Researchers from the University of Colorado School of Medicine have discovered that a process that protects the body from autoimmune disease also prevents the immune system from generating antibodies that can neutralize the ...

B cells use mechanical forces to pull antigens from other cell surfaces

January 12, 2017
Francis Crick Institute scientists have discovered that immune cells called B cells use mechanical forces to physically pull antigens such as viruses or toxins from the surfaces of other cells.

Discovering the early age immune response in foals

June 28, 2017
Researchers at the College of Veterinary Medicine have discovered a new method to measure tiny amounts of antibodies in foals, a finding described in the May 16 issue of PLOS ONE.

Lamprey-derived antibody specifically recognizes human plasma cells

March 17, 2016
Antibody-secreting plasma cells arise from B cell precursors and are essential for adaptive immune responses against invading pathogens. Plasma cell dysfunction is associated with autoimmune and neoplastic disorders, including ...

How Staph infections elude the immune system

October 27, 2014
A potentially lethal bacterium protects itself by causing immune tunnel vision, according to a study from scientists at The University of Chicago published in The Journal of Experimental Medicine. By tricking the immune system ...

Researchers find key mechanism to control antibody production

April 28, 2017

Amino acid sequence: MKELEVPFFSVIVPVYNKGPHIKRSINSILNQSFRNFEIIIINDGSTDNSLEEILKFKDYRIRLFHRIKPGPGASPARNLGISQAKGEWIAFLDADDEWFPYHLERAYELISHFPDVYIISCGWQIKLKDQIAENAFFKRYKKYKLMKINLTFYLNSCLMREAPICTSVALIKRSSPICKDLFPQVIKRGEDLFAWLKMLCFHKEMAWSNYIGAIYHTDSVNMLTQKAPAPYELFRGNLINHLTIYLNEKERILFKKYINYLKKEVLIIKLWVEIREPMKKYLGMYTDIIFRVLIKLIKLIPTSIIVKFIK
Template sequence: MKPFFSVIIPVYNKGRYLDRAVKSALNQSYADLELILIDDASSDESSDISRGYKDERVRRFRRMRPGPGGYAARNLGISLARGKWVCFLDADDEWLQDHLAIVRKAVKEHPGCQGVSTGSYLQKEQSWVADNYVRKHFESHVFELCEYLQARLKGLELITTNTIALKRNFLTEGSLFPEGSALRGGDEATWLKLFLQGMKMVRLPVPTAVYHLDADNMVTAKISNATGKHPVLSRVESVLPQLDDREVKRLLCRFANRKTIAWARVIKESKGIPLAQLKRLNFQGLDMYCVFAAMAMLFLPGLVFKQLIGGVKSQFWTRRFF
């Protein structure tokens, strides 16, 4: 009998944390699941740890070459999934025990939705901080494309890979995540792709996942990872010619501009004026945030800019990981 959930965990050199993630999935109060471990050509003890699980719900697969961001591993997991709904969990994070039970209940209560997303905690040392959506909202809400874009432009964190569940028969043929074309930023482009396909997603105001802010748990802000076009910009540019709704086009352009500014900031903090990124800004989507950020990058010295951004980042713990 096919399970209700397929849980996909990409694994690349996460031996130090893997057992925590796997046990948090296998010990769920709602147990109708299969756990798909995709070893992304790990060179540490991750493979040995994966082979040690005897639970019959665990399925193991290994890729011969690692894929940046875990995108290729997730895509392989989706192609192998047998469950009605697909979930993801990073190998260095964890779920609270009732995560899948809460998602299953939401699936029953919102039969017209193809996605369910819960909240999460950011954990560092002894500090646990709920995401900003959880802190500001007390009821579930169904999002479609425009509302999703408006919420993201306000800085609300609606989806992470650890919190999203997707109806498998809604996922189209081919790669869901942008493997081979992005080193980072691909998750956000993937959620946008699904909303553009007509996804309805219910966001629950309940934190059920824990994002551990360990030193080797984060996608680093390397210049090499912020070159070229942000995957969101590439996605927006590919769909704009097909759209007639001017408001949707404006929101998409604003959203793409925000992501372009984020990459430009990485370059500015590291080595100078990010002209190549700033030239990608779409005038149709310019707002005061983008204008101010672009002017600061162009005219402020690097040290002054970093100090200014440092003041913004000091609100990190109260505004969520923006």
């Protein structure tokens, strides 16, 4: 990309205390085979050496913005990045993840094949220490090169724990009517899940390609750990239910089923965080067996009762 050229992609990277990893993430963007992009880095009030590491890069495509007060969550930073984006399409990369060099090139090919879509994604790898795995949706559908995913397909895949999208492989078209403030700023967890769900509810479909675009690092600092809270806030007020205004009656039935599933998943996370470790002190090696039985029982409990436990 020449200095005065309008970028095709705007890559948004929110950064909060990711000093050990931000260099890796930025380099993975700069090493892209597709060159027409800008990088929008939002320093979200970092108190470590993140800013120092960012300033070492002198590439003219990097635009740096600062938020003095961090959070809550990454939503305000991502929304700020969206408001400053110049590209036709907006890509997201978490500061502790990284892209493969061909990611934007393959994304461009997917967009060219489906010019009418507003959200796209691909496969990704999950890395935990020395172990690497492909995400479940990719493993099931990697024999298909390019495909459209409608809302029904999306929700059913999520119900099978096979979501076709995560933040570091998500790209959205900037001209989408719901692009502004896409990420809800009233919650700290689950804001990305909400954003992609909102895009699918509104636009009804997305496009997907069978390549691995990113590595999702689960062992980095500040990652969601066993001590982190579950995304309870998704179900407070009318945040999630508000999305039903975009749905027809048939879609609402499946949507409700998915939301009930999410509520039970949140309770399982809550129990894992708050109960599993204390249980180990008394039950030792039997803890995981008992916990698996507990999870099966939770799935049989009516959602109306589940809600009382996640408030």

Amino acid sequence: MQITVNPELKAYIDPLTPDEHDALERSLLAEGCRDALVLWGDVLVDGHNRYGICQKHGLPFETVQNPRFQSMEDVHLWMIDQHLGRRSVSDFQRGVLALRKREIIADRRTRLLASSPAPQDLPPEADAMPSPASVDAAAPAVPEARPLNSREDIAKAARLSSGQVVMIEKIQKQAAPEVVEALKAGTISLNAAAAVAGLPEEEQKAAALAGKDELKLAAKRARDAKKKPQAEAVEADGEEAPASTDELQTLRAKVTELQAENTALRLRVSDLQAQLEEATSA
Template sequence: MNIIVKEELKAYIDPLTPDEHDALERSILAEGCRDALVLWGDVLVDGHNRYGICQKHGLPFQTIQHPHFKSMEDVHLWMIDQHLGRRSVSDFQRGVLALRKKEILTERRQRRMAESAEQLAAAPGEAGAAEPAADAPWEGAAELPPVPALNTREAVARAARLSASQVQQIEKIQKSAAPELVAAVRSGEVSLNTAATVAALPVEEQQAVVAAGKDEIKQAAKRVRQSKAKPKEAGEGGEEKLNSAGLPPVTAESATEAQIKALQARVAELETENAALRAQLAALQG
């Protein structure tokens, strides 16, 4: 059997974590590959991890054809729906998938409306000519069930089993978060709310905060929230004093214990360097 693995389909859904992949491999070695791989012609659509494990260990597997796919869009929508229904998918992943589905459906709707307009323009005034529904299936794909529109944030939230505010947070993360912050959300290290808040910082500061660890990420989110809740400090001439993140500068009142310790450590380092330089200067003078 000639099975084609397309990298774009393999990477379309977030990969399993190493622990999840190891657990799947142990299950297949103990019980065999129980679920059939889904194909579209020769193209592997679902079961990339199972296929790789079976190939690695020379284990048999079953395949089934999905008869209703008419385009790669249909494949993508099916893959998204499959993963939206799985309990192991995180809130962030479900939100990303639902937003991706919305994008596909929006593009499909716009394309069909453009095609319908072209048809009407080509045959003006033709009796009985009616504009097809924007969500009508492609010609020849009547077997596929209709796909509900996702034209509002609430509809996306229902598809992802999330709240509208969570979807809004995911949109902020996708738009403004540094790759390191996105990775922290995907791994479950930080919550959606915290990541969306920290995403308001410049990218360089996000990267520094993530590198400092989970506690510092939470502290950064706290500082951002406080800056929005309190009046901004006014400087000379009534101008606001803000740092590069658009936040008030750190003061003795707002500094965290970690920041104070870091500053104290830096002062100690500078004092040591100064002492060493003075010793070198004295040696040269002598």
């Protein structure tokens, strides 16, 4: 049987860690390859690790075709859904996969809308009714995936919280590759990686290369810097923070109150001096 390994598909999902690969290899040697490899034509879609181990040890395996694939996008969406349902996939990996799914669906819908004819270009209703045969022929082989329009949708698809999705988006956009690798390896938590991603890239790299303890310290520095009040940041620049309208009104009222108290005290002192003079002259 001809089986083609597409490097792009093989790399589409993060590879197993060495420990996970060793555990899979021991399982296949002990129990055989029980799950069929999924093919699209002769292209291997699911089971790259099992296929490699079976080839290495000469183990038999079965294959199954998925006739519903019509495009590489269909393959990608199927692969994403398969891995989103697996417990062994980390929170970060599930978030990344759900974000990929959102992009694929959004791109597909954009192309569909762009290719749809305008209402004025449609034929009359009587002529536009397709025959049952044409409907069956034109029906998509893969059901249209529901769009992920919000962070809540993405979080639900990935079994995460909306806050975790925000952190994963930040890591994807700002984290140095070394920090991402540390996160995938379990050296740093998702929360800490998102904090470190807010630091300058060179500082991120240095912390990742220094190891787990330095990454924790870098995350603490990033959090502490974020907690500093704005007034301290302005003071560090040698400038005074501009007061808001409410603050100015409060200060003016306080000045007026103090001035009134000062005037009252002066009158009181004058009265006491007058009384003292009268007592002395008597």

A research team from iMM Lisboa led by Luís Graça has found a cellular mechanism that underlies the development of autoimmune diseases.

Recommended for you

Precision neuroengineering enables reproduction of complex brain-like functions in vitro

November 14, 2018
One of the most important and surprising traits of the brain is its ability to dynamically reconfigure the connections to process and respond properly to stimuli. Researchers from Tohoku University (Sendai, Japan) and the ...

Gene mutation found to cause macrocephaly and intellectual deficits

November 13, 2018
The absence of one copy of a single gene in the brain causes a rare, as-yet-unnamed neurological disorder, according to new research that builds on decades of work by a University at Buffalo biochemist and his colleagues.

Can scientists change mucus to make it easier to clear, limiting harm to lungs?

November 12, 2018
For healthy people, mucus is our friend. It traps potential pathogens so our airways can dispatch nasty bugs before they cause harm to our lungs. But for people with conditions such as cystic fibrosis (CF) and chronic obstructive ...

Mutations, CRISPR, and the biology behind movement disorders

November 12, 2018
Scientists at the RIKEN Center for Brain Science (CBS) in Japan have discovered how mutations related to a group of movement disorders produce their effects. Published in Proceedings of the National Academy of Sciences, the ...

Researchers explain how your muscles form

November 12, 2018
All vertebrates need muscles to function; they are the most abundant tissue in the human body and are integral to movement.

Salmonella found to be resistant to different classes of antibiotics

November 12, 2018
Brazil's Ministry of Health received reports of 11,524 outbreaks of foodborne diseases between 2000 and 2015, with 219,909 individuals falling sick and 167 dying from such diseases. Bacteria caused most outbreaks of such ...

1 comment

Adjust slider to filter visible comments by rank

Display comments: newest first

betterexists
not rated yet Jul 24, 2017
CANDIDATE For NOBE PRIZE?
Transfer War-monger Obama's Nobel Peace Prize to These Wizards !

Please sign in to add a comment. Registration is free, and takes less than a minute. Read more

Click here to reset your password.
Sign in to get notified via email when new comments are made.